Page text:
• The way running poles are stored created chafing at my ribs just where the handle of the poles touch your torso.

Summary: very lightweight and comfortable trail pack. However, the design has some disadvantages with respect to side pockets and soft flask storage. They promote it as a trail vest that will keep you going for 100+ kilometres. I have some doubt with respect to the amount of storage space. I use it for shorter distances or when I do not need too carry too much stuff.

One thing that is really good with this trail pack is the promotion video on YouTube in which they compare a trailrunner with a infantry soldier packing up for field day. 

Number four: INOV-8 Race Elite 24

ultr 24I bought this pack when I planned for a multi-day self organised trailrun with overnight stays in for example a B&B (Ridgeway Trail, Christmas 2016), or a mountain hut on the Etna (March 2017) or in the Spanish Pyrenees (Summer 2017). I also use it sometimes when running to work when I need to bring clean clothing for example.

I like the large zip opening which gives you quick overall access. There is a small zip pocket inside for credit cards etc. The bungee cords enables to compress the pack to the size you want . The pack can be strapped close to your body with adjustable front straps and two straps on either side. The

DSC_0212

front straps also contain two large zipped pockets just like the above described Race Ultra 5. The pack does not come with soft flasks or drinking tubes but you can use them if you want to.

Only disadvantage I have with this pack is that it is really has only one compartment pack. No outside mess side pockets as with the Race Ultra 5. Also no compartments within the large pack itself, for example a mesh zip that could either split the pack in two parts or if zipped open make it one big one. Maybe something INOV-8 can consider with there next design.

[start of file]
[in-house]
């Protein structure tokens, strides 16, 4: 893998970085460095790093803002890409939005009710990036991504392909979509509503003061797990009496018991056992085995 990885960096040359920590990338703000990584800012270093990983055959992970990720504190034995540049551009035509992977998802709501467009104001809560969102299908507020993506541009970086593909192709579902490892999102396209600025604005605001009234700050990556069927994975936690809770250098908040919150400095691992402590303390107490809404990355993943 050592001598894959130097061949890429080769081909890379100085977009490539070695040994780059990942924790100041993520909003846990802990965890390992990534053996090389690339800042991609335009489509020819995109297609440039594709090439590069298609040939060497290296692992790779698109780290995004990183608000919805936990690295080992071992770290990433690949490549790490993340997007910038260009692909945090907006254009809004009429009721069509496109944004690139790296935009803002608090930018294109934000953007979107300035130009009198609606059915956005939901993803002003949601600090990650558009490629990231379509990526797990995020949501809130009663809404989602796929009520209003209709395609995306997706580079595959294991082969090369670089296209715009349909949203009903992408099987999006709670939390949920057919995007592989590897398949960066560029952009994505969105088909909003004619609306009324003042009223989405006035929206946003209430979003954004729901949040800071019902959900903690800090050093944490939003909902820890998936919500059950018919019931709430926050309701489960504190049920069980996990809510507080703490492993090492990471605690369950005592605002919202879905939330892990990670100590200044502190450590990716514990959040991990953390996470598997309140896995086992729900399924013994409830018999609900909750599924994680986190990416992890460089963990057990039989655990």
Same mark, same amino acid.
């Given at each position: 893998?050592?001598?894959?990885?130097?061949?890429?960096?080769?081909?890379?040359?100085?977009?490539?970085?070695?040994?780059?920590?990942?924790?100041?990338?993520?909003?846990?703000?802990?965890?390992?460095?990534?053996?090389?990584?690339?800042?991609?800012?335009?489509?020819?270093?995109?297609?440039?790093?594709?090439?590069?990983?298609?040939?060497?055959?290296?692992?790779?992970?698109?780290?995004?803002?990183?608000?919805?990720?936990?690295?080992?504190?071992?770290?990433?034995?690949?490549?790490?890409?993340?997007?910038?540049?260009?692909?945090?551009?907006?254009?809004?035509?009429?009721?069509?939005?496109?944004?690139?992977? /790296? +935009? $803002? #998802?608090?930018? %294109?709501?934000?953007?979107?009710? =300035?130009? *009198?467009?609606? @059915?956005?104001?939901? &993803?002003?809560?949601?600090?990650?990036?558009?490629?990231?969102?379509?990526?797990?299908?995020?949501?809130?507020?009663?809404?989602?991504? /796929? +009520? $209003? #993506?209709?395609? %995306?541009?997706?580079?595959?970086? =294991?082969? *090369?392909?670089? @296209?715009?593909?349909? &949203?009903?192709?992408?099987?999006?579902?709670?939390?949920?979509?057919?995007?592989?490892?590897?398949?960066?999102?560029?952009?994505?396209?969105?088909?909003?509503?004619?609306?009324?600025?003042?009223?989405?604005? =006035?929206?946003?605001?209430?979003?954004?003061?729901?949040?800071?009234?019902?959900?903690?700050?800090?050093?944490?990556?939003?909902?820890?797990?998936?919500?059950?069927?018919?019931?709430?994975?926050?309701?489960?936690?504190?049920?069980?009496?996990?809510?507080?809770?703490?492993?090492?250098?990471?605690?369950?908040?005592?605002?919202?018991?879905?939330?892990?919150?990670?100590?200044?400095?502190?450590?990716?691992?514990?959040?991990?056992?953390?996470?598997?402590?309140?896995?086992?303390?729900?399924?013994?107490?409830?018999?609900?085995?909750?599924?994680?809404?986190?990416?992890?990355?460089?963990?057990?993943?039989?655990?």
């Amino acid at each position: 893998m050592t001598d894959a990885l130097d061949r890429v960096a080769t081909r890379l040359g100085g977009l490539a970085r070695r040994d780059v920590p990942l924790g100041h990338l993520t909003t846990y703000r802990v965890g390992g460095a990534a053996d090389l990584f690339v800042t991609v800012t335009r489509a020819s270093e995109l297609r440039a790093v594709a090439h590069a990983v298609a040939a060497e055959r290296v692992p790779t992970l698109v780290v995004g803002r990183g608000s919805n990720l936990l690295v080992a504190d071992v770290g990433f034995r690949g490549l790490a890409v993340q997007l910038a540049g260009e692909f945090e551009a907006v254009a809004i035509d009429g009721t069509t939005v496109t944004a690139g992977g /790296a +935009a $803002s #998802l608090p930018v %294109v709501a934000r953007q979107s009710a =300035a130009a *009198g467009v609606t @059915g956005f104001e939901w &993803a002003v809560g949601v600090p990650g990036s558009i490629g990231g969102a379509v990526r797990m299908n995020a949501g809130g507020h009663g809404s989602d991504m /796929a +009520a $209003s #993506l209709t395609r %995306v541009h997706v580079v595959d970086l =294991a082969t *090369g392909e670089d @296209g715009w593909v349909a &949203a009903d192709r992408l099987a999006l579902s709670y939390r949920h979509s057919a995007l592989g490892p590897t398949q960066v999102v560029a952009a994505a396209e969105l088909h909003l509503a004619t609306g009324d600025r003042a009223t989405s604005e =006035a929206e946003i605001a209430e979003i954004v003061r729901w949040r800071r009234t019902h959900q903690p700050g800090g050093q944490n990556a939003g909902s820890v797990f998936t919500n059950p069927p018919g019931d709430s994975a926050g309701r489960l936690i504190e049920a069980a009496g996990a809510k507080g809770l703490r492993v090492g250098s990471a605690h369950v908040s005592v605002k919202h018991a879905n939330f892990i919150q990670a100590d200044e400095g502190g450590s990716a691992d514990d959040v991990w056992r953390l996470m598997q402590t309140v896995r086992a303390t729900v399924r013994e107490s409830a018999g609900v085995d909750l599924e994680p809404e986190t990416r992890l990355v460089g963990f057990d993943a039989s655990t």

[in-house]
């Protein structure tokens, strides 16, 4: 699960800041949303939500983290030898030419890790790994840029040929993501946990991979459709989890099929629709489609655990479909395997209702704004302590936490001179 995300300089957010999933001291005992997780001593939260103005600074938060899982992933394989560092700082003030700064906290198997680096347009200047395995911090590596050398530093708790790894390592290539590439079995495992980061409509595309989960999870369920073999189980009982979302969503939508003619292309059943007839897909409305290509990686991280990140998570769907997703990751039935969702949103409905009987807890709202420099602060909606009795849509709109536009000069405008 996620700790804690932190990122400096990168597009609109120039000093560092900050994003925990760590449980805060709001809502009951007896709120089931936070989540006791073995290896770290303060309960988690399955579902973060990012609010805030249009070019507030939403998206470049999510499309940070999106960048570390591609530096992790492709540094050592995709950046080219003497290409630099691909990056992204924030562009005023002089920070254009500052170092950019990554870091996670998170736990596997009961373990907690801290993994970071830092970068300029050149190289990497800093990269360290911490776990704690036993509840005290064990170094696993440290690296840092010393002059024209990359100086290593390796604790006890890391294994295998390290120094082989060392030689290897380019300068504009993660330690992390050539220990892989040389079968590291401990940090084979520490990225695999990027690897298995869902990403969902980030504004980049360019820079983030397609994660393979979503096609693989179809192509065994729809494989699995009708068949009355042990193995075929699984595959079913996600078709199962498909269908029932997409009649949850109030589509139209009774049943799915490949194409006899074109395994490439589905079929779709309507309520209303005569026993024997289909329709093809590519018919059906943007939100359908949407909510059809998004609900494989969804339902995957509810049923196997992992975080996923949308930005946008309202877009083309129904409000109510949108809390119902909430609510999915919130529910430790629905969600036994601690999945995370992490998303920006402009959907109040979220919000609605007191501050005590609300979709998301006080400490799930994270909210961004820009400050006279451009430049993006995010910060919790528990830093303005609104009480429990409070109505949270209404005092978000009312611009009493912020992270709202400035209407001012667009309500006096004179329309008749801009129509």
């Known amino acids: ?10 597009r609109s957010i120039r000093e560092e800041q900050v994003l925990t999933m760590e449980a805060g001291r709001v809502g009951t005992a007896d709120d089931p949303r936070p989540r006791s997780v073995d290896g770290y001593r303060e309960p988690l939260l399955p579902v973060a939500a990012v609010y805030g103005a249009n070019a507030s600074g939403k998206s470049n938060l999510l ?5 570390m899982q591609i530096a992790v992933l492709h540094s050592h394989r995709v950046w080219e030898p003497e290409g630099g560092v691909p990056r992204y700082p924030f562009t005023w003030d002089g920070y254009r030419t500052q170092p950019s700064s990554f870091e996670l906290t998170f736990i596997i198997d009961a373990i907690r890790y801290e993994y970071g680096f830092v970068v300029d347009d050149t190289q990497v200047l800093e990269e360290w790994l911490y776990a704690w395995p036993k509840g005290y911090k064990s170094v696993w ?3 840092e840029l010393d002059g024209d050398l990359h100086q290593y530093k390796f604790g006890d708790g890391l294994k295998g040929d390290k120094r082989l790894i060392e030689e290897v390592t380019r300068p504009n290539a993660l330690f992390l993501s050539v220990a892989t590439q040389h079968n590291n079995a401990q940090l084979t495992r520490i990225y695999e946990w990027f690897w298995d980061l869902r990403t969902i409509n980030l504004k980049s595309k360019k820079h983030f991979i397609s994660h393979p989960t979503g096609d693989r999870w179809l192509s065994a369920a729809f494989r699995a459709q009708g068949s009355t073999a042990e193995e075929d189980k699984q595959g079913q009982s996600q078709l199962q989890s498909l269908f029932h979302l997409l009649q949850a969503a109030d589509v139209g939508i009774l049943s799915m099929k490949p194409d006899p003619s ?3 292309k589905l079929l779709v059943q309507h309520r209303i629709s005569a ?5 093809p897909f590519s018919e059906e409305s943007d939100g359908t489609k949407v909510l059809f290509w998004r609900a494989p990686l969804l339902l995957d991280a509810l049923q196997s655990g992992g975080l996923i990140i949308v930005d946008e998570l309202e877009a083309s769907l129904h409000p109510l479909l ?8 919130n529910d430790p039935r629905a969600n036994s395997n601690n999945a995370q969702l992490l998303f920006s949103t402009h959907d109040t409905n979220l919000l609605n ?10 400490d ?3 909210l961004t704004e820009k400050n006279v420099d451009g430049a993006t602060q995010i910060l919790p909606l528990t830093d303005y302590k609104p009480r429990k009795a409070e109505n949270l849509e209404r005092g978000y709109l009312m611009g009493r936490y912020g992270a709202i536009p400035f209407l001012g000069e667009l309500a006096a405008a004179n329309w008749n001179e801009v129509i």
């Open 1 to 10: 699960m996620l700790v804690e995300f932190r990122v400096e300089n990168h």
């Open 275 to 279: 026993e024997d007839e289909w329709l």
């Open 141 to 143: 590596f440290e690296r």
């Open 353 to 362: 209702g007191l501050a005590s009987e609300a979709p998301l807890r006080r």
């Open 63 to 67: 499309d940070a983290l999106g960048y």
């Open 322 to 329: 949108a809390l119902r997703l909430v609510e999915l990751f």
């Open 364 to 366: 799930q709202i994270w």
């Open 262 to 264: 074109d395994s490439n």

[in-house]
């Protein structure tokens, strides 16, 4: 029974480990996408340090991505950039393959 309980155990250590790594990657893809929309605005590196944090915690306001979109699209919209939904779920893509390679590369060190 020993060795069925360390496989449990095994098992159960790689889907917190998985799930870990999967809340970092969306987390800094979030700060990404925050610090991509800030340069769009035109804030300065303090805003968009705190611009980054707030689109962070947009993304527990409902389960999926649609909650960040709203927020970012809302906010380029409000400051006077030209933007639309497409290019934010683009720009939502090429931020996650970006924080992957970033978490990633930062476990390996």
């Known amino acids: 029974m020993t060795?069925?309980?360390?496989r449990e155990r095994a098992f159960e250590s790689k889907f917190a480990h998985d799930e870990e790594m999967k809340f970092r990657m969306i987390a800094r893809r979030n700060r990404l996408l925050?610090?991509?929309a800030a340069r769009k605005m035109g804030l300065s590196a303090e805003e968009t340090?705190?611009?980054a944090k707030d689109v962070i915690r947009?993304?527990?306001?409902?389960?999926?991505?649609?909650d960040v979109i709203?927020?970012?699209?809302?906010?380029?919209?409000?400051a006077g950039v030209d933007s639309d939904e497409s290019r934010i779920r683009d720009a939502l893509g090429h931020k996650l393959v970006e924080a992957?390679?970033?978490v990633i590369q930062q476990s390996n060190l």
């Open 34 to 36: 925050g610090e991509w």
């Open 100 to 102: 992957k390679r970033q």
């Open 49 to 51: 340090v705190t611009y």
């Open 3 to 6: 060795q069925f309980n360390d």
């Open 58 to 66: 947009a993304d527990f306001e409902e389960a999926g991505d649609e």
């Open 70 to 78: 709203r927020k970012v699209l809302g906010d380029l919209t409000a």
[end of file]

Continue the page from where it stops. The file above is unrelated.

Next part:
At present INOV-8 do not sell this pack anymore but other store do, just take a search on the internet. INOV-8 successor is the All Terrain 25. However, looking at this design it missed the option to pack two soft flask with drink tubes and also does not have large quick stow-away side mesh pockets but two zipped side pockets. In all it is more a small backpack than a trail pack, I am not really convinced (yet). Probably the All Terrain Pro Vest 0 – 15 would perform better in my opinion. A little less volume but all the benefits of mesh side pockets and a on-the-run hydration system.

Number five: INOV-8 RACE ULTRA 1 WAIST HYDRATION PACK

INOV8RACEULTRA1-2I have an older version of the All Terrain Pro 1. My version is not sold anymore by INOV-8 but some shops still offer them besides the new All Terrain Pro 1.

I never really got comfortable with this belt. Main reasons were that it always ended around my stomach area whatever I tried. The belt bounced too much for my liking when carrying two 500ml hard bottles. And there was only minimal room to store stuff like a phone, energy bars etc. Also there was no ‘safe storage’ using a zip compartment of with the Free Belt several stretch compartments.

Looking at the new INOV-8 All Terrain Pro 1 I think this would solve many of the above issues due to the use of soft flasks (which create a vacuum when drinking) and more, and secure compartments.

Summary: A waist pack with hard bottles that does not fit me, sorry. Advise to test it well before considering buying.

Hopefully my experiences are of help, just let me know your experiences!